Monday, March 23, 2015

Writer's Block: Roadblocks and Detours

So last Wednesday I woke up at my usual 5 a.m., sat down at my laptop with a nice, big mug of coffee...and then I stared at a page on Microsoft Word that only had the word "Eleven" at the top of it.

I did that for an hour.

The thing was, I was torn: half of me wanted to write one scene, and the other half kept calling the first half stupid. I was more inclined to listen to the second half, because the scene I kept thinking about was simple and contrived, and something that I definitely knew would not be in the best interests of my current WIP.

What I'm trying to say is: I had a dose of writer's block. It didn't last long (like I said, only an hour), but it was a rather difficult hour (given that I give up sleep to write in the mornings). Whether you believe in writer's block or not isn't the point of this post; instead, the point is that when you're stuck, try to think critically about why.

I have a theory that whenever I can't write, there's a reason. Maybe it has nothing to do with the writing, itself: it might be something happening in my personal/emotional life. In which case: hey, I can take a step back and go watch anime and Disney movies and lump around for a bit (until I'm feeling better).

All too often, though, I can't write because something in my WIP, itself, just isn't working. In which case I spend time staring at a blank page (like yesterday morning; I hope ya'll sort of see where I'm going?). But instead of doing nothing and waiting for inspiration for strike, I fully recommend being proactive about beating your writer's block (hence: take a detour).

The trick is to be very aware of your WIP and your own writing style. Look back to that third paragraph: my brain was telling me to take the easy way, but my gut instinct said that it was too simple, that it wouldn't work. No matter how much I was tempted to, I didn't write what I already knew was a bad idea.

So neither should you.

The problem, then, for me was that I had no clue what would be better to put in that contrived scene's place. So I skimmed through the previous 18 k and started thinking about plot points that haven't been introduced yet, and plot arcs that hadn't even been started. I thought: what could happen to this character that would have the most impact, and that wouldn't have the same impact if it happened to another (for those of you not up to speed: my WIP is told from two different POVs).

And then: ta-da! I figured something out, was eternally grateful my CP was awake, ran it by her, got the okay, then wrote.

If you're experiencing a block, try looking back over what you've written so far and ask yourself what might have gone wrong. Or brainstorm potential scenes that could go next, and think critically about whether they belong. A big part of this is understanding your own writing methodology and your own goals in writing your WIP: go back to the core of your story and find the basic theme or plot that you're trying to tell (something simple: family, friendship, loss, etc.). Then go back to your WIP and see if any ideas have been sparked.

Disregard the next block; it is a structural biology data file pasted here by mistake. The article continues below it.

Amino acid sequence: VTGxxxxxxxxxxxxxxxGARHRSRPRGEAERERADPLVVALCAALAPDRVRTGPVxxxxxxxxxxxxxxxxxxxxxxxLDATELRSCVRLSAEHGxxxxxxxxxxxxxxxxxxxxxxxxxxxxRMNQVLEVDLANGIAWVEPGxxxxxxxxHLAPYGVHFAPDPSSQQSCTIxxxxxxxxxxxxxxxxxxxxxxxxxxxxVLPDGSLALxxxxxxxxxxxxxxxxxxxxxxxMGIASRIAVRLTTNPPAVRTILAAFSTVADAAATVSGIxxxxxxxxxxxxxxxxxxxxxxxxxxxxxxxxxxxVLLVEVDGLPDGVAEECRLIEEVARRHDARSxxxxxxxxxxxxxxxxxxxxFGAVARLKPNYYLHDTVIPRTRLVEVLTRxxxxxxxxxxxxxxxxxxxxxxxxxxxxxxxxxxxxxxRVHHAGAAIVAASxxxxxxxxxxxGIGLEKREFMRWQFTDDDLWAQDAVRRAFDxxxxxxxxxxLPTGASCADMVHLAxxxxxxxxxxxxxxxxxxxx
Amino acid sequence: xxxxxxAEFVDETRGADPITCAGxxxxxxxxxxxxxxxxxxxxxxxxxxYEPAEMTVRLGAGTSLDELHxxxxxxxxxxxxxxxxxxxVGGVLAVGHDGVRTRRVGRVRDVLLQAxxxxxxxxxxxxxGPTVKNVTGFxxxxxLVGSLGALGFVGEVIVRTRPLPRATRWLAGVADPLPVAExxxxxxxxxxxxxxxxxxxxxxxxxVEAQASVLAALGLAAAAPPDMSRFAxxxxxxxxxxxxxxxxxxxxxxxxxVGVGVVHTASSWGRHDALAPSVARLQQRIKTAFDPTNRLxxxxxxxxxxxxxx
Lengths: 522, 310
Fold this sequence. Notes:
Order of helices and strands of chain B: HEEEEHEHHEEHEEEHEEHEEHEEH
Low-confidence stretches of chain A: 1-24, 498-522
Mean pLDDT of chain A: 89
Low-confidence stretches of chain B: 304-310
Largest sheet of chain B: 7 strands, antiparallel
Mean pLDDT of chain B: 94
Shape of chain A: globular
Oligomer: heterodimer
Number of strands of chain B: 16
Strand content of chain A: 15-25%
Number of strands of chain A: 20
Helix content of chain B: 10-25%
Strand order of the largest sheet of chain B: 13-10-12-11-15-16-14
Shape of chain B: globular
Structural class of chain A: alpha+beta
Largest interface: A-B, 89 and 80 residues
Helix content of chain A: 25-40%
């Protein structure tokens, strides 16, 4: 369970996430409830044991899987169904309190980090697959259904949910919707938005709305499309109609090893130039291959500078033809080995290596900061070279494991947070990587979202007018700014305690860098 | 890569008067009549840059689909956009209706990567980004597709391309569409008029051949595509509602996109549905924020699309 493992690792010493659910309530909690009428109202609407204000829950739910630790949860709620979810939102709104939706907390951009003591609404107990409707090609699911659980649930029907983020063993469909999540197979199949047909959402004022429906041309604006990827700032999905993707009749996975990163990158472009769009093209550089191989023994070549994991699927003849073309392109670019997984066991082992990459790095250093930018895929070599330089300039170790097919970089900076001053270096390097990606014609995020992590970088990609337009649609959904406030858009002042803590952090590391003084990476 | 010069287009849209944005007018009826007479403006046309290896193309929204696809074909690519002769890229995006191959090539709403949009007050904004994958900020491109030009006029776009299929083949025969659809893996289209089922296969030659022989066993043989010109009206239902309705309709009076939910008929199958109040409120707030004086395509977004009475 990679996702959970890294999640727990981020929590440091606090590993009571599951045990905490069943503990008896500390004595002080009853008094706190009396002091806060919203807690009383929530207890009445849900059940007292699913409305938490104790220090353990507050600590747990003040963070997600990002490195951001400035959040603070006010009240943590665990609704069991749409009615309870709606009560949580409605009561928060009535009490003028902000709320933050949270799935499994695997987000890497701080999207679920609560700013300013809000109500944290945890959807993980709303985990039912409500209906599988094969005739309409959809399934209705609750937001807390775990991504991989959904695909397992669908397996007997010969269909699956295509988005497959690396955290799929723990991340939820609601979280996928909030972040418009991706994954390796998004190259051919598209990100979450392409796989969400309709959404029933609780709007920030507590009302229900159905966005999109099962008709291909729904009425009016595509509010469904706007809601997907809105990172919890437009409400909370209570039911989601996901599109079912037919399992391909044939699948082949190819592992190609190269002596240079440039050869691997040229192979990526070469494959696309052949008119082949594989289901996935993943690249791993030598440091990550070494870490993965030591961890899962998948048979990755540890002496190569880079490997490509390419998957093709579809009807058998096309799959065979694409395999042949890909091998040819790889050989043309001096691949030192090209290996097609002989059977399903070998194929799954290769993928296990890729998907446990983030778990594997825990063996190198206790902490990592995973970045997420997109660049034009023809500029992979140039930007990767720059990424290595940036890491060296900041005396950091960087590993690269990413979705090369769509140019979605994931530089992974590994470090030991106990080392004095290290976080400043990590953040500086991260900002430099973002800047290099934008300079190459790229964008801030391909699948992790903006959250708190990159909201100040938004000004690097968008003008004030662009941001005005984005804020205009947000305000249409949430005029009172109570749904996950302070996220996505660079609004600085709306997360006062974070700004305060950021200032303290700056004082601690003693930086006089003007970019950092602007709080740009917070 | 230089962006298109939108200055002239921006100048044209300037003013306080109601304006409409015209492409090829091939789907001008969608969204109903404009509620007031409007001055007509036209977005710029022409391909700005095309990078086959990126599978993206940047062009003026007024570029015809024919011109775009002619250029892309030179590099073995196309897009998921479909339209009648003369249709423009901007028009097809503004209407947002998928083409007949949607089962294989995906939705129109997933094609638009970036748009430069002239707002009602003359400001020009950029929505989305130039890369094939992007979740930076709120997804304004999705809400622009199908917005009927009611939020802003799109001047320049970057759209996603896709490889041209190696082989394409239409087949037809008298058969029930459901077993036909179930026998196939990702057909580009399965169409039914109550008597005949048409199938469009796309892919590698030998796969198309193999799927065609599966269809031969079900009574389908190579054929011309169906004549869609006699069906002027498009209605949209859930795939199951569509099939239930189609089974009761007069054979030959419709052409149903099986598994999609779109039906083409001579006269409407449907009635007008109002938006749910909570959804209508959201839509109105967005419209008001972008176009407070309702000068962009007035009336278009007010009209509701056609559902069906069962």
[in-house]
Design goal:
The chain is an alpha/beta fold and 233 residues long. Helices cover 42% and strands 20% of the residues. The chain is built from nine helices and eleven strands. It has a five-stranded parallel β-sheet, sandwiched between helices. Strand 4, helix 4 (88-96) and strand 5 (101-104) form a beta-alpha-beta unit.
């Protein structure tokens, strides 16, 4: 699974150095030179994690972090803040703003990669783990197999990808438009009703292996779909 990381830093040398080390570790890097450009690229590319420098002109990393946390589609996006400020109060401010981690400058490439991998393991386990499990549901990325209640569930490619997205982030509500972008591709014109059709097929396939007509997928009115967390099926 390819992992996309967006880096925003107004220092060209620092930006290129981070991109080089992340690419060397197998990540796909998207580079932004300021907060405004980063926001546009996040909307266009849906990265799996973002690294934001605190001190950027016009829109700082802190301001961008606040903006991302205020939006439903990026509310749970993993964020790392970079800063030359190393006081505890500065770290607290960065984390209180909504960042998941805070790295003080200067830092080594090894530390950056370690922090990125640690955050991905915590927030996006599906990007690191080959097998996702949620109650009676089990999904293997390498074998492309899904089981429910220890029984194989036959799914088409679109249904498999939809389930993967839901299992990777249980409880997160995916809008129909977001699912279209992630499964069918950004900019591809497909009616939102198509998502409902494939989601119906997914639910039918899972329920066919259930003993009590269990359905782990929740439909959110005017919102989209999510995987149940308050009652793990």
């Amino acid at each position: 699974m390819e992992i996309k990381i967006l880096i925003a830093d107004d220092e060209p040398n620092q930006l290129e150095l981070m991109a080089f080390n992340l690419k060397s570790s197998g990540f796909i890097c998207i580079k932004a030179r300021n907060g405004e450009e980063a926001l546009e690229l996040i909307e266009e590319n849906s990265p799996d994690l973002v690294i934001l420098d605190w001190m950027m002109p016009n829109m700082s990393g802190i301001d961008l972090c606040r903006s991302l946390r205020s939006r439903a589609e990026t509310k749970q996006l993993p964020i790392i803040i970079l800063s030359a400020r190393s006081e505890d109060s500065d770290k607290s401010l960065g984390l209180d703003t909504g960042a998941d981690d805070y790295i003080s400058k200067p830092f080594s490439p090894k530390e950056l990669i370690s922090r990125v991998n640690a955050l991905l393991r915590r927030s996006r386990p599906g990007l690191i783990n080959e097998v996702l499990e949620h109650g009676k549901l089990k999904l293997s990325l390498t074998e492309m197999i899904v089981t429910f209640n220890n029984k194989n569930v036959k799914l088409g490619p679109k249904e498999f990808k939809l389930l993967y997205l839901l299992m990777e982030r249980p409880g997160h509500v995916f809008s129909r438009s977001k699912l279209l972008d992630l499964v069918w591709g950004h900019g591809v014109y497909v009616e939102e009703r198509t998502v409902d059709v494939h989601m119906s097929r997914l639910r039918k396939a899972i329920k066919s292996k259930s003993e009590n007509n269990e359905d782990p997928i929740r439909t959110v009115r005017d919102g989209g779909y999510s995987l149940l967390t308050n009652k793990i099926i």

Here's a reason why it's also a good thing to have CPs who are familiar with you and your writing: you can also talk to them and see if they can help you brainstorm. What you need to remember, though, is that nobody knows you and your writing better than you do, so if you find yourself stuck, try taking a look at your own writerly bad habits (as in: the things you do to just to make it "easy," such as lazy plot filler, a hacked-up backstory. We're all guilty of them, particularly in early drafts). Odds are slightly, sort of, almost pretty good that they might have something to do about it (one of my own bad habits is lazy plot filler, which is what that contrived scene would have been).

You'll be surprised how easy it is to find where you're going wrong if you look at your own weaknesses (again: we all have them, and they're nothing to be ashamed of. Just admit them to yourself, and you'll find that you can catch them before you even start).

So now I'm curious: this is my personal way of figuring out where and why I'm stuck in my writing. What kinds of detours do you take to get around writing roadblocks?

Tweet It:

Writer's block? Blogger @Rae_Slater shares her method of taking detours around those pesky writing roadblocks (Click to Tweet)

Nobody knows your writing method better than you, so if you're stuck try to think critically about why (Click to Tweet)


  1. I have to completely stop thinking about it. Relax. Then my brain always comes up with something.

    1. It's sometimes maddening, but it's always a good idea to step away from your writing for a bit. I've found that once I stop thinking about things so hard and relax, everything looks so much simpler!